The Florida Bar
March 15, 1974
March 15, 1974
A lawyer who represents heir-finders must inform them if he is of the opinion that heir-finding is unlawful. The lawyer may continue the representation of his client so long as he does not thereby knowingly assist the client to engage in illegal conduct or to take a frivolous legal position.
Note: See The Florida Bar v. Heller, 247 So.2d 434 (Fla. 1971).
CPR: DR 2-103, 2-104; EC 7-3, 7-5
Case: Sullivan v. Committee on Admissions and Grievances, 395 F.2d 954 (D.C. Cir. 1968)
Vice Chairman Daniels stated the opinion of the committee:
Inquiry is made as to certain ethical considerations involved when lawyers represent laymen engaged in the business of “heir-finding.” These laymen search public records and determine that certain persons may have valid claims to escheated property, purchase such claims for cash, and then retain counsel to prosecute the assigned-purchased claims on a contingent fee basis.
A threshold question exists — whether such laymen may lawfully engage in such activities — which this Committee lacks jurisdiction to answer. If, in fact, it is ultimately determined that such lay activity is unlawful, then, and in that event, lawyers representing heir-finders would be ethically obligated to so advise their clients. Moreover, even in the absence of any authoritative decision, if the lawyer is of the opinion that heir-finding by laymen is unlawful, he should disclose such opinion to his client. As stated in EC 7-3:
. . . In serving a client as adviser, a lawyer in appropriate circumstances should give his professional opinion as to what the ultimate decisions of the courts would likely be as to the applicable law.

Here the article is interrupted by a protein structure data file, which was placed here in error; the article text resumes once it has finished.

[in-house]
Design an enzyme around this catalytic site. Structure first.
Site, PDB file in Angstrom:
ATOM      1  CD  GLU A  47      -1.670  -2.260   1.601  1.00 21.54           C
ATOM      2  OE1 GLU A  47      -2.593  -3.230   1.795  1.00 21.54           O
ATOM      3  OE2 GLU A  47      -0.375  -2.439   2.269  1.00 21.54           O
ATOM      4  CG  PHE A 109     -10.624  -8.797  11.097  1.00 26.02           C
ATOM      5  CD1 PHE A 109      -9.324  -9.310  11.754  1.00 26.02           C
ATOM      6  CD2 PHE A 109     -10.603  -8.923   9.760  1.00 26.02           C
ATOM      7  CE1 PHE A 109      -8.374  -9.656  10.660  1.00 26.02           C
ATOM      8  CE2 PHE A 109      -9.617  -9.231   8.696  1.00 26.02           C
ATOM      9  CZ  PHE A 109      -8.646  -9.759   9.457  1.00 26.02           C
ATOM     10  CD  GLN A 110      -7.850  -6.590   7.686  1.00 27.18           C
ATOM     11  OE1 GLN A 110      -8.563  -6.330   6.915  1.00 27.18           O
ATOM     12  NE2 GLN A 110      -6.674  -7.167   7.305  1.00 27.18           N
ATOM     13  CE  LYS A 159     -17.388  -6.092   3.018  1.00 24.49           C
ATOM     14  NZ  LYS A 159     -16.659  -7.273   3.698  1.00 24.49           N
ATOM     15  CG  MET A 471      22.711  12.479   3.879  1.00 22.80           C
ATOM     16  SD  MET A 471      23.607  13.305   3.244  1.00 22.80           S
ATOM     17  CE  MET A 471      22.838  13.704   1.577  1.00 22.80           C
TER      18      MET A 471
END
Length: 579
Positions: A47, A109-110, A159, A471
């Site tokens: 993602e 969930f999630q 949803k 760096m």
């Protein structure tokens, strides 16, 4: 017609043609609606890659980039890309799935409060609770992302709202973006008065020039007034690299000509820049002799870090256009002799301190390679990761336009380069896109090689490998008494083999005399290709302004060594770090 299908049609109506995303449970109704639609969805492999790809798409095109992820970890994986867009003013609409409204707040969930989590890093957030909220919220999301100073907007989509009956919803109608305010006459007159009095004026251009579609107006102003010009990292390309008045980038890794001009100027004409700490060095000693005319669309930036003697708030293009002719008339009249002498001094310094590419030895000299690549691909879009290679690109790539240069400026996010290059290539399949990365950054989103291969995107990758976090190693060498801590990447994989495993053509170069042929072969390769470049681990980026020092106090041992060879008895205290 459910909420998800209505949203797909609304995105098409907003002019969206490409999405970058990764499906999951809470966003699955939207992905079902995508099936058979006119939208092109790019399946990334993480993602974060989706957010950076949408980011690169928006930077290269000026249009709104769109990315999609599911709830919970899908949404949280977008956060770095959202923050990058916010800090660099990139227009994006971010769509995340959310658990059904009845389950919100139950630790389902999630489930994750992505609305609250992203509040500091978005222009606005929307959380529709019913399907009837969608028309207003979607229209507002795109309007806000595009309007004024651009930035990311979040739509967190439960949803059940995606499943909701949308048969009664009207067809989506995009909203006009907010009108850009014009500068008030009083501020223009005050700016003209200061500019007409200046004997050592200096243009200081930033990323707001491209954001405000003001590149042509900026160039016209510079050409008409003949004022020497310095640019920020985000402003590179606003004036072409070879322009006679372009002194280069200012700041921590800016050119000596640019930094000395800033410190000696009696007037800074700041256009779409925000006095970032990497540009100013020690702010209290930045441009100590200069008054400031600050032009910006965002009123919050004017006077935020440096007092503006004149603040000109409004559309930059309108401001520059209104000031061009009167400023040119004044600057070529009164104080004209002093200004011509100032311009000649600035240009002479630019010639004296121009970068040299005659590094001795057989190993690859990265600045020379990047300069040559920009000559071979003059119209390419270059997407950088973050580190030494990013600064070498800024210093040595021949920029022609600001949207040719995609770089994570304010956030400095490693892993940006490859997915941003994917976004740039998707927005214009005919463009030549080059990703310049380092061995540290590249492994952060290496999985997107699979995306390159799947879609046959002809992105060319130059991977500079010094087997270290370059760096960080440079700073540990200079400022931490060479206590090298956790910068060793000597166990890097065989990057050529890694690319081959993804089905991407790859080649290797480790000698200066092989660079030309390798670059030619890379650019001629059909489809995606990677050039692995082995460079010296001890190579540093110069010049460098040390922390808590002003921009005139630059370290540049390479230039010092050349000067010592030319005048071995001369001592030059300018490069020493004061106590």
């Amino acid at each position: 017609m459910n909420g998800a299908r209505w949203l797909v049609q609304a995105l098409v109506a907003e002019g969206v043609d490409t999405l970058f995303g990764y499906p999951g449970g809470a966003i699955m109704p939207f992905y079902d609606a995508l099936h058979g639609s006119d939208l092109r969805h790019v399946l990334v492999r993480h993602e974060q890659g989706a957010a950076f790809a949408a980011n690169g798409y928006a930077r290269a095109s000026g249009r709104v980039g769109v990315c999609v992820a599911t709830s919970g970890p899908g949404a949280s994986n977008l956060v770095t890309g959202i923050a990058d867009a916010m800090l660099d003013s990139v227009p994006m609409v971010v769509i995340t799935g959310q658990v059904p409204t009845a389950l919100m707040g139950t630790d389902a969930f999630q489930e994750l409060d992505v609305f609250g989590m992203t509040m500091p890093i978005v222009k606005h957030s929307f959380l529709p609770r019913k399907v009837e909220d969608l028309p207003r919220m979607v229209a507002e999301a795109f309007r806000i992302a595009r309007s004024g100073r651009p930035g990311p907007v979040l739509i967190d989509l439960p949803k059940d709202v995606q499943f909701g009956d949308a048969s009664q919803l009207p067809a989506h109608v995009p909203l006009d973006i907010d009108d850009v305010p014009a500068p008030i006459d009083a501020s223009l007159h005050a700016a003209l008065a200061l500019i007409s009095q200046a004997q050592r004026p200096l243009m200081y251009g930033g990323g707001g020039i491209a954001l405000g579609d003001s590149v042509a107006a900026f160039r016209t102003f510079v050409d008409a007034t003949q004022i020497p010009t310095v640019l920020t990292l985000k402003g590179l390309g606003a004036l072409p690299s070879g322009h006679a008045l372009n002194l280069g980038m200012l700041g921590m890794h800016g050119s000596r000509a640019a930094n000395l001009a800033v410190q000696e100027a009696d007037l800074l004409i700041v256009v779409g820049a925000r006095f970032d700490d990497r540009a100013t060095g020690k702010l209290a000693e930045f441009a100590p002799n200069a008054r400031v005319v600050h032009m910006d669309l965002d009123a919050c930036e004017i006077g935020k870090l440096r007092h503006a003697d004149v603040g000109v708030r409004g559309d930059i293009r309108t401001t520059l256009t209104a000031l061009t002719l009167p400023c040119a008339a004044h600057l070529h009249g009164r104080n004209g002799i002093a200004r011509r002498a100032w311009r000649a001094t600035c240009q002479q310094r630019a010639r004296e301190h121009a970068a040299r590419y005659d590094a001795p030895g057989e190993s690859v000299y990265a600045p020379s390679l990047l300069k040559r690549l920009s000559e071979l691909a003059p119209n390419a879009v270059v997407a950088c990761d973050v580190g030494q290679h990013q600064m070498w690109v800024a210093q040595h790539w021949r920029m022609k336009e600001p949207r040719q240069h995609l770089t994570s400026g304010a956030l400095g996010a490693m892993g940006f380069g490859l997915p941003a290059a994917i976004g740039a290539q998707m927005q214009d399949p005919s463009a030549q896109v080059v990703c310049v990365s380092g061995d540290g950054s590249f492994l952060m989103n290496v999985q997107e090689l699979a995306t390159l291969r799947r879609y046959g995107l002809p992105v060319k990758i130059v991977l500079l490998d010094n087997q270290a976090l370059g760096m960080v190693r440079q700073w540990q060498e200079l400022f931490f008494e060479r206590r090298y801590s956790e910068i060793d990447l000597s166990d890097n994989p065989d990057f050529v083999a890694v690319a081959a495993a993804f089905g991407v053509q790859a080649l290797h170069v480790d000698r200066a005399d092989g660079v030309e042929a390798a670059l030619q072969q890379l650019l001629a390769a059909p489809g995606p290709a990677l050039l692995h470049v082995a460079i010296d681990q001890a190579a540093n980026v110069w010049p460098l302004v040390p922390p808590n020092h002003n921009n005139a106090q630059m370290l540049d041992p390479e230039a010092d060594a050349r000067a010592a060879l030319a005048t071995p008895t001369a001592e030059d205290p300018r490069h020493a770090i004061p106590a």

If the client refuses to accept the lawyer's opinion as to the unlawfulness, the lawyer's conduct should then be governed by EC 7-5, which provides:
A lawyer as adviser furthers the interest of his client by giving his professional opinion as to what he believes would likely be the ultimate decision of the courts on the matter at hand and by informing his client of the practical effect of such decision. He may continue in the representation of his client even though his client has elected to pursue a course of conduct contrary to the advice of the lawyer so long as he does not thereby knowingly assist the client to engage in illegal conduct or to take a frivolous legal position. A lawyer should never encourage or aid his client to commit criminal acts or counsel his client on how to violate the law and avoid punishment therefor.
Assuming arguendo that heir-finding by laymen is a lawful activity, lawyers representing heir-finders with purchased claims may properly prosecute such claims for the heir-finders on a contingent fee basis. Since the inquiries state that such claims are purchased from the heirs for cash, no questions are presented as to what ethical questions would arise if such claims were purchased on a contingency basis by the heir-finders who in turn employed counsel on a contingent fee basis. Cf., Sullivan v. Committee on Admissions and Grievances, 395 F.2d 954 (D.C. Cir. 1968).
However, even if the lay heir-finders' activities are lawful, legal representation of such finders is fraught with ethical peril. If the heir-finder seeks legal advice before purchasing claims, the lawyer may well get involved in the direct or indirect solicitation of claims through a lay intermediary. In any such situation, the lawyer should be extremely careful to avoid any violation of DR 2-103 or DR 2-104.